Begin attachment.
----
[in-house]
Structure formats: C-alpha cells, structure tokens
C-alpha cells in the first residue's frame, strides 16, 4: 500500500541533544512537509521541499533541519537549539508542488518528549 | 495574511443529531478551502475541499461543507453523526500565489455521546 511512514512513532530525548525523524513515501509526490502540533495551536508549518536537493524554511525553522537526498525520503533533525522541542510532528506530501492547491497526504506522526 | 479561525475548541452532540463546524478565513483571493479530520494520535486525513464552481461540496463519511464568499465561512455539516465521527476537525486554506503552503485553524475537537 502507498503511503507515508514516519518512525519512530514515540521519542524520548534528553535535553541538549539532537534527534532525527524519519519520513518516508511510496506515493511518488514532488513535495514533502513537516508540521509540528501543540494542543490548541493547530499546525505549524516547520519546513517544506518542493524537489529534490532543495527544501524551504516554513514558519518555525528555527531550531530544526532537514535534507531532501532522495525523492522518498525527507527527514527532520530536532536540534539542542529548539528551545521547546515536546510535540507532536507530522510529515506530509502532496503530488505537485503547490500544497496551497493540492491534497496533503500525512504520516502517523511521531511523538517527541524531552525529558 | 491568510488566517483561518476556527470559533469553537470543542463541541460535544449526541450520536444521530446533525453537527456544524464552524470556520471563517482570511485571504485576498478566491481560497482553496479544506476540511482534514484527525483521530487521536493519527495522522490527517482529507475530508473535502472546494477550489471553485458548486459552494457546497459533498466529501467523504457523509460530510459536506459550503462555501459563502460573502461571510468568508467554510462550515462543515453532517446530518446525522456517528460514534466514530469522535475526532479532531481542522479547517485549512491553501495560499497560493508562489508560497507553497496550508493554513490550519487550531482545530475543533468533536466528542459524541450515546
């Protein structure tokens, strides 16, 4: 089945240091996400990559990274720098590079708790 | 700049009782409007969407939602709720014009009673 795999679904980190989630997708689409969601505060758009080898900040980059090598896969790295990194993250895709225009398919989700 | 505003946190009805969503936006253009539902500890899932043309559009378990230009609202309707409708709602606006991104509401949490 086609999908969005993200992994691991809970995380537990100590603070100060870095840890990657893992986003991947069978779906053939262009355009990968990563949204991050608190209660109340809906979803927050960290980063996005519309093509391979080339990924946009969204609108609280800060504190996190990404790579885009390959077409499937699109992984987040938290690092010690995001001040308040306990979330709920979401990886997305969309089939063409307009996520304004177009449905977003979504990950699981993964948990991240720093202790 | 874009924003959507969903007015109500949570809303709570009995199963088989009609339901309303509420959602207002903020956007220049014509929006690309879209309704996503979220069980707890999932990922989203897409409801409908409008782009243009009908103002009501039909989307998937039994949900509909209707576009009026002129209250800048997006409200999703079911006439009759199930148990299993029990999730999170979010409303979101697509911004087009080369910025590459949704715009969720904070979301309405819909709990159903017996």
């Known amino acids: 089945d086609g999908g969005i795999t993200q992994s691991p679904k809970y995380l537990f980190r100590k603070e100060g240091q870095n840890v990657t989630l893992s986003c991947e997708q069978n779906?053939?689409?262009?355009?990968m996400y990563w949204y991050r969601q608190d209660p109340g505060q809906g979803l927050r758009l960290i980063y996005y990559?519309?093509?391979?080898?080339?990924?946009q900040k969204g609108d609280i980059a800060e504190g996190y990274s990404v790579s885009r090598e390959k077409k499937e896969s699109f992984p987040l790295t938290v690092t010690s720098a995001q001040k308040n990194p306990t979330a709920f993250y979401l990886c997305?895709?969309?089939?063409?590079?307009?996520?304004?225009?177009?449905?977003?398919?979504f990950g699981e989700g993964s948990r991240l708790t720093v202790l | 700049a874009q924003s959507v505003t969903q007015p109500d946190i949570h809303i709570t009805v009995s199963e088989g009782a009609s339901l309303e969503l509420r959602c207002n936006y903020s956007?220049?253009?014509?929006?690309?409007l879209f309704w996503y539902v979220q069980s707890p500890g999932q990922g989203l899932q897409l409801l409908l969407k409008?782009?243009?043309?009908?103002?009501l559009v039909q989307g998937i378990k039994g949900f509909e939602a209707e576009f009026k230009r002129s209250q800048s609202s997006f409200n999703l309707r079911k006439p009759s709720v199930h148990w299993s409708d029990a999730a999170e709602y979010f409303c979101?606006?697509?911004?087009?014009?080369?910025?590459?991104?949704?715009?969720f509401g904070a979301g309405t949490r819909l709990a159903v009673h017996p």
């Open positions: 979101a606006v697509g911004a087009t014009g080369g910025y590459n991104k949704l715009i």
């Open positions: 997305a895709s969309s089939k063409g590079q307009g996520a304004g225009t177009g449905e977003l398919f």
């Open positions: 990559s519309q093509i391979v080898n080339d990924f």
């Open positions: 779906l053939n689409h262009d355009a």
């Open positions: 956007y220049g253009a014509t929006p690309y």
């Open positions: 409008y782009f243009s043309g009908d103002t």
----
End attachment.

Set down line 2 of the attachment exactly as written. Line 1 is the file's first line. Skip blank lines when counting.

Structure formats: C-alpha cells, structure tokens